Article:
Thermoregulation: Grade 9 Understanding for IGCSE Biology 2.93

Homeostasis is a term that means maintaining a constant internal environment in spite of changes in the external environment.  Many variables in the body are regulated by homeostasis but the two control systems specifically mentioned in your specification for iGCSE are osmoregulation (regulation of water balance) and thermoregulation (regulating of body temperature)

I have looked at osmoregulation in a previous post but in this final post for half term 2015, I will give a few details about thermoregulation.

Thermoregulation means to maintain the core body temperature at a set value.  This can be energetically very costly as the animal has to respire at a much higher rate to release the heat needed to warm the body, but it has allowed mammals and birds to colonise habitats that would be inaccessible to all poikilothermic (cold-blooded) animals.

Why regulate body temperature?

All metabolic reactions in the body are catalysed by enzymes.  If the body temperature falls too low below the set value, the rate of an enzyme-controlled reaction will drop, and this would be a problem as metabolic reactions would happen too slowly.  If the temperate goes much above the optimum temperature, then the enzymes that catalyse all the reactions in cells would denature.  This means they will change their shape so that the “lock and key” mechanism of catalysis cannot work at all.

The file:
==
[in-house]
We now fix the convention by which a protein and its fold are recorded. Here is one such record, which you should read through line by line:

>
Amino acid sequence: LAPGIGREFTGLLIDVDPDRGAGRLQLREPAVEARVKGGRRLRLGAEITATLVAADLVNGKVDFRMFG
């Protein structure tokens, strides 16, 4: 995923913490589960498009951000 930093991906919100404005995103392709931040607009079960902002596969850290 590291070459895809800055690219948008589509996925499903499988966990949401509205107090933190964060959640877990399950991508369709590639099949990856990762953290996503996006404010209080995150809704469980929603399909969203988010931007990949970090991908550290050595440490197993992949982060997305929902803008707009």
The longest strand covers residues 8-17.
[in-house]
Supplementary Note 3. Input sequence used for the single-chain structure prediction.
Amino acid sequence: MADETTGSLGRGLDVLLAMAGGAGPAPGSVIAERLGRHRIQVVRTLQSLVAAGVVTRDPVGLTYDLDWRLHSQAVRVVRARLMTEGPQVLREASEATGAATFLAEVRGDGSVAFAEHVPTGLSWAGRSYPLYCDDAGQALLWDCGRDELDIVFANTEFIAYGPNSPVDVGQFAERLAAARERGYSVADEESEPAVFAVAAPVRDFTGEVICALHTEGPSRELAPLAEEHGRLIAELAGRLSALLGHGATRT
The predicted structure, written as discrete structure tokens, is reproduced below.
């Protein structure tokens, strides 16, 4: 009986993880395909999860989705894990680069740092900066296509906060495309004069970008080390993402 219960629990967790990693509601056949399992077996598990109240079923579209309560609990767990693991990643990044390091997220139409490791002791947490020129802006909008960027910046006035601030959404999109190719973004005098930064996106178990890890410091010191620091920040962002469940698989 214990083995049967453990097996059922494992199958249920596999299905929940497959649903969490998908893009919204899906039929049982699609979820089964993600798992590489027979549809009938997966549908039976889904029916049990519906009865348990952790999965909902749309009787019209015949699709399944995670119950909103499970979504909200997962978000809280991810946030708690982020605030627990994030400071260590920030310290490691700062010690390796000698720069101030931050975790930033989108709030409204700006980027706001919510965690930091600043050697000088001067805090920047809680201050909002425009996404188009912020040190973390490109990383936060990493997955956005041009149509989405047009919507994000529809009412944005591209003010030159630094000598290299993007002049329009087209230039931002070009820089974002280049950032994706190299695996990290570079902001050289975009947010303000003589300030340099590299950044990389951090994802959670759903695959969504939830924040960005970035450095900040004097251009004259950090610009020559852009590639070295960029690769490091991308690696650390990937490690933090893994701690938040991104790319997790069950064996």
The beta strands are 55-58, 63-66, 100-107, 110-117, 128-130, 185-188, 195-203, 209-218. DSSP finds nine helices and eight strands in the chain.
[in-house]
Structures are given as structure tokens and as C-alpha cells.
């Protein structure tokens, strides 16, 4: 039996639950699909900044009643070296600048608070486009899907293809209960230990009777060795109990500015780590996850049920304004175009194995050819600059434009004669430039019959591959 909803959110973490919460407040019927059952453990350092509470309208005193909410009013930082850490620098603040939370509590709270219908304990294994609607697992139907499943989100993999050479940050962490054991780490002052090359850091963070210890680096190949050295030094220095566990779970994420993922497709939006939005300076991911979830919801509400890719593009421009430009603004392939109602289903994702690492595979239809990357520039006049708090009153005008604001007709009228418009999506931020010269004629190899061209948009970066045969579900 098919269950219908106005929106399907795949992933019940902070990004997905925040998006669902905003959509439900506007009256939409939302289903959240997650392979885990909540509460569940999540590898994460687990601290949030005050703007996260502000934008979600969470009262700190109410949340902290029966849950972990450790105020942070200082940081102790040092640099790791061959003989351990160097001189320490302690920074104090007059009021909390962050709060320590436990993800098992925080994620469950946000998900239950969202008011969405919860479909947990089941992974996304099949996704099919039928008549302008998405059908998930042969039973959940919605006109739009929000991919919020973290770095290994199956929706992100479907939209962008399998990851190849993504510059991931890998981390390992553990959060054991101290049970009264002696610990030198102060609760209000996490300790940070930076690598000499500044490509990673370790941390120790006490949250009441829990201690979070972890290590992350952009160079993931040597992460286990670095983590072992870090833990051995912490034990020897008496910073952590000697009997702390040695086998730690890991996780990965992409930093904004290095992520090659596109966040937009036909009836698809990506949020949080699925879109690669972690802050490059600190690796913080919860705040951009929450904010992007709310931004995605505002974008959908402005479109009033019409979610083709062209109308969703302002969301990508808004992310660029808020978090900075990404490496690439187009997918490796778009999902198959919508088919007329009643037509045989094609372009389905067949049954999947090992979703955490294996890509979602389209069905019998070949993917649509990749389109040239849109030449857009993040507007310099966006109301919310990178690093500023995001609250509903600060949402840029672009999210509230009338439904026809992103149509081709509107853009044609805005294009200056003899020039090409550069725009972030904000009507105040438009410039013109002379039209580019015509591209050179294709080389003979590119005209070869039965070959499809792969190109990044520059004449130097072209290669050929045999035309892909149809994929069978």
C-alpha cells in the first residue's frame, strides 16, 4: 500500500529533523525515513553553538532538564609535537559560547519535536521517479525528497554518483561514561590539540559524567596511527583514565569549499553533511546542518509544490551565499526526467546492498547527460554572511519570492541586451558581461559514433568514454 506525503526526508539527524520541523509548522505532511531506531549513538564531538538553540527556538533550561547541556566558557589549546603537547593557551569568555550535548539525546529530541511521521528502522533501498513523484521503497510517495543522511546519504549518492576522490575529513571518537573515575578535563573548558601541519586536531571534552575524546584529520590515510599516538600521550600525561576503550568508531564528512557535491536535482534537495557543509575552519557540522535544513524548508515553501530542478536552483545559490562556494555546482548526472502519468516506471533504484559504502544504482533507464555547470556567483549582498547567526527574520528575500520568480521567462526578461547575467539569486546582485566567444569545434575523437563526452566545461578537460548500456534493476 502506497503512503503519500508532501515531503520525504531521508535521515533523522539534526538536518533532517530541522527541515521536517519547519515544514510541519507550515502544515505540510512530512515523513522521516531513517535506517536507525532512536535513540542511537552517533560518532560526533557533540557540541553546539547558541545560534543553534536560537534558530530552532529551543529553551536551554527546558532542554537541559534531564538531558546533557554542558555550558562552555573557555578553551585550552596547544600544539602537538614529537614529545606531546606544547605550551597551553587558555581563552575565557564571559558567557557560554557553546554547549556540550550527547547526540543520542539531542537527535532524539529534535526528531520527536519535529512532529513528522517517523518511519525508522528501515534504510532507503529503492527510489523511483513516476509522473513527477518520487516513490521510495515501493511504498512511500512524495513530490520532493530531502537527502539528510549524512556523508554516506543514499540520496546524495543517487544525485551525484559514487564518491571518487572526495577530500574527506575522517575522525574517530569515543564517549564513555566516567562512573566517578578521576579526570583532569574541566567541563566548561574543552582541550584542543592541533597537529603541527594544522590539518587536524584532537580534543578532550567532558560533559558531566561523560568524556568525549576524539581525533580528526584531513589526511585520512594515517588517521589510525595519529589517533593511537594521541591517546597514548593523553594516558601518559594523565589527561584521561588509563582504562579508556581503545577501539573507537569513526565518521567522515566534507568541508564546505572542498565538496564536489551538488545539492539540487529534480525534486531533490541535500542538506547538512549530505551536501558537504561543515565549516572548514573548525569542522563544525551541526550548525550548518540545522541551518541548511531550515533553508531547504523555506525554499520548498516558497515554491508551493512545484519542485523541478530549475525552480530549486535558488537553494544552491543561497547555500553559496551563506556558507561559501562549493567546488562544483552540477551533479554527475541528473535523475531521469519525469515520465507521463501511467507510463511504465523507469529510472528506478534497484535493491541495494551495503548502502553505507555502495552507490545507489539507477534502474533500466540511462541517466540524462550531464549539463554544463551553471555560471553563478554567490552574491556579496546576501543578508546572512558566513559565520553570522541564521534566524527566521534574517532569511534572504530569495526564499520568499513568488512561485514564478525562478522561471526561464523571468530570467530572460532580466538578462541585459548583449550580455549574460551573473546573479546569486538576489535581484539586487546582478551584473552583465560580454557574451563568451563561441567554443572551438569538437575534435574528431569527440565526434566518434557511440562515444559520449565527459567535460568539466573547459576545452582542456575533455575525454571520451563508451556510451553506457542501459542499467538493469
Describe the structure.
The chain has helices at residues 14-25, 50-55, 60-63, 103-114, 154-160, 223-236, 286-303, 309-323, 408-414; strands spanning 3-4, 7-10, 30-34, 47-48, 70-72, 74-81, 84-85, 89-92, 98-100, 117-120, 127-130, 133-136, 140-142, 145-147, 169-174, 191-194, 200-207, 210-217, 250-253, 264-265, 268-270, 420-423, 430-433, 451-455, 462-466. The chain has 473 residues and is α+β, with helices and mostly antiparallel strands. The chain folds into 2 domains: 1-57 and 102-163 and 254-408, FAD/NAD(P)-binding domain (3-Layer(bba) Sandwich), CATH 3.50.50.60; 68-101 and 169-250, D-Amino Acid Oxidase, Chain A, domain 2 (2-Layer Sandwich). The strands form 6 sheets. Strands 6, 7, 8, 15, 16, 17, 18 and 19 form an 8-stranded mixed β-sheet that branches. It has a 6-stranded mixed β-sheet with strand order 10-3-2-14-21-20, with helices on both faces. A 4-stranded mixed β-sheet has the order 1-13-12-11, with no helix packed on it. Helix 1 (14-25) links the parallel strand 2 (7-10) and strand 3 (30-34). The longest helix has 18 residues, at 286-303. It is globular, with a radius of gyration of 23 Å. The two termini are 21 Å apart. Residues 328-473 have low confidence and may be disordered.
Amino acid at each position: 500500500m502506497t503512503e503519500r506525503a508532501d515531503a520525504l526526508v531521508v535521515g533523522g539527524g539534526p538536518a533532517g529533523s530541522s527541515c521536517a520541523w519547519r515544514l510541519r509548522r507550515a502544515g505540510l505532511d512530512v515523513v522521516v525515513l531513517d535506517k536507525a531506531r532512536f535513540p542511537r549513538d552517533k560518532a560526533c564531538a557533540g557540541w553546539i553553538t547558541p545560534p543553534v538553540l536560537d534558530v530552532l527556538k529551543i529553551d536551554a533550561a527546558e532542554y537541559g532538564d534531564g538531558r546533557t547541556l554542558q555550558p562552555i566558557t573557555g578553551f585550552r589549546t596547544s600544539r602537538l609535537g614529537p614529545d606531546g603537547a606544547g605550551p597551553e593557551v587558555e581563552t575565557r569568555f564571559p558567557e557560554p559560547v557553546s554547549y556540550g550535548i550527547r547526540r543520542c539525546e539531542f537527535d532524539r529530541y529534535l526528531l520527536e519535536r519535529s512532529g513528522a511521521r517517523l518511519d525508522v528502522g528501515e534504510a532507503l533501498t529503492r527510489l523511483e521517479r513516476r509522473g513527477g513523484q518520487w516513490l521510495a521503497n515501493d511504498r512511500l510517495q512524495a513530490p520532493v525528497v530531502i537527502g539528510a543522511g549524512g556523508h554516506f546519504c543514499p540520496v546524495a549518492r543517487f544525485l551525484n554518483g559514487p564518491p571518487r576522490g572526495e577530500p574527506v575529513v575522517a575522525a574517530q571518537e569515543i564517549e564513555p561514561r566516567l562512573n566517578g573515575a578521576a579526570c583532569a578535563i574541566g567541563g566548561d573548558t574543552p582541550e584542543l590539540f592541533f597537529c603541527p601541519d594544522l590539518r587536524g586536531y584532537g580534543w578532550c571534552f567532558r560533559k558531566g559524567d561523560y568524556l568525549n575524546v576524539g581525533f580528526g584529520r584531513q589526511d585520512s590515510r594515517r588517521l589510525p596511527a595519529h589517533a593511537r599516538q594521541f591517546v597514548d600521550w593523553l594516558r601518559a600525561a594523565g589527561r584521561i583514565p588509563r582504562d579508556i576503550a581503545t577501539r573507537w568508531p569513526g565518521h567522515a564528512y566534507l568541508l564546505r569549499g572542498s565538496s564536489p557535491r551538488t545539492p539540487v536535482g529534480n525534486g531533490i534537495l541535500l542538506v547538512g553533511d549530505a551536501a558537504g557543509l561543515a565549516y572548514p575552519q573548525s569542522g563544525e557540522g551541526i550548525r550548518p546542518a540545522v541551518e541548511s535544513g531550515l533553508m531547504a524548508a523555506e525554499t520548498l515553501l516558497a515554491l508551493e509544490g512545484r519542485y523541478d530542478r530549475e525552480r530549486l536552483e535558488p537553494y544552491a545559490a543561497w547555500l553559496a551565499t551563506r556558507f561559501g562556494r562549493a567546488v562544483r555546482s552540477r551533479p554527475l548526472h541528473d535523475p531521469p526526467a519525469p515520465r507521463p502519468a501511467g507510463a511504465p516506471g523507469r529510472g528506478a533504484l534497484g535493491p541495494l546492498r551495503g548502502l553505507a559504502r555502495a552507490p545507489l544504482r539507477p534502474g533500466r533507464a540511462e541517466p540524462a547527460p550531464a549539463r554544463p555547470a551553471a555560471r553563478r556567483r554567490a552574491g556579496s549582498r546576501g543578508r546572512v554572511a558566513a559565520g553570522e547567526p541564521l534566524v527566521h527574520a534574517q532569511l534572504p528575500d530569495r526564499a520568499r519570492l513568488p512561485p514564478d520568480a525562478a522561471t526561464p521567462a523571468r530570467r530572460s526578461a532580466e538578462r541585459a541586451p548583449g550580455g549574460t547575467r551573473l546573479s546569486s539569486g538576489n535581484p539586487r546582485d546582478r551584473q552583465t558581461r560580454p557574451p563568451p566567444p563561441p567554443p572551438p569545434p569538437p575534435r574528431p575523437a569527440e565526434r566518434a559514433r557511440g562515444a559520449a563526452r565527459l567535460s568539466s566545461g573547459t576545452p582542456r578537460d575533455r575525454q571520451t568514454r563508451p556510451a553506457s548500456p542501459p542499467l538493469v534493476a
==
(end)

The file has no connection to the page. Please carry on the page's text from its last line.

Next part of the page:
In any homeostatic control system there will be three components:

  • Sensors (where the variable is measured)
  • Integrating Centre (where the measured value is compared to a set value)
  • Effectors (which can bring about a response)

In human thermoregulation, there are two sets of sensors that measure temperature.  The skin contains hot and cold receptors which can respond if the skin gets too hot or cold respectively.  The temperature of the blood is constantly measured by a second set of thermoreceptors which are found in the hypothalamus in the brain.


The hypothalamus also acts as the integrating centre, collecting information from a variety of sensors and then initiating an appropriate response.

The main effector organ in thermoregulation is the skin.


I have looked at the role of the skin in thermoregulation in an earlier post – click here to be taken to this….

Screen Shot 2015-02-22 at 12.08.19

Just check you understand the role of sweating, vasodilation in helping the body lose heat if it gets too hot and vasoconstriction and shivering if it gets to cold.  I hope the earlier post will help!

Please add comments/feedback/questions etc using the comment feature at the bottom of this post or tweet me @Paul_Gillam.


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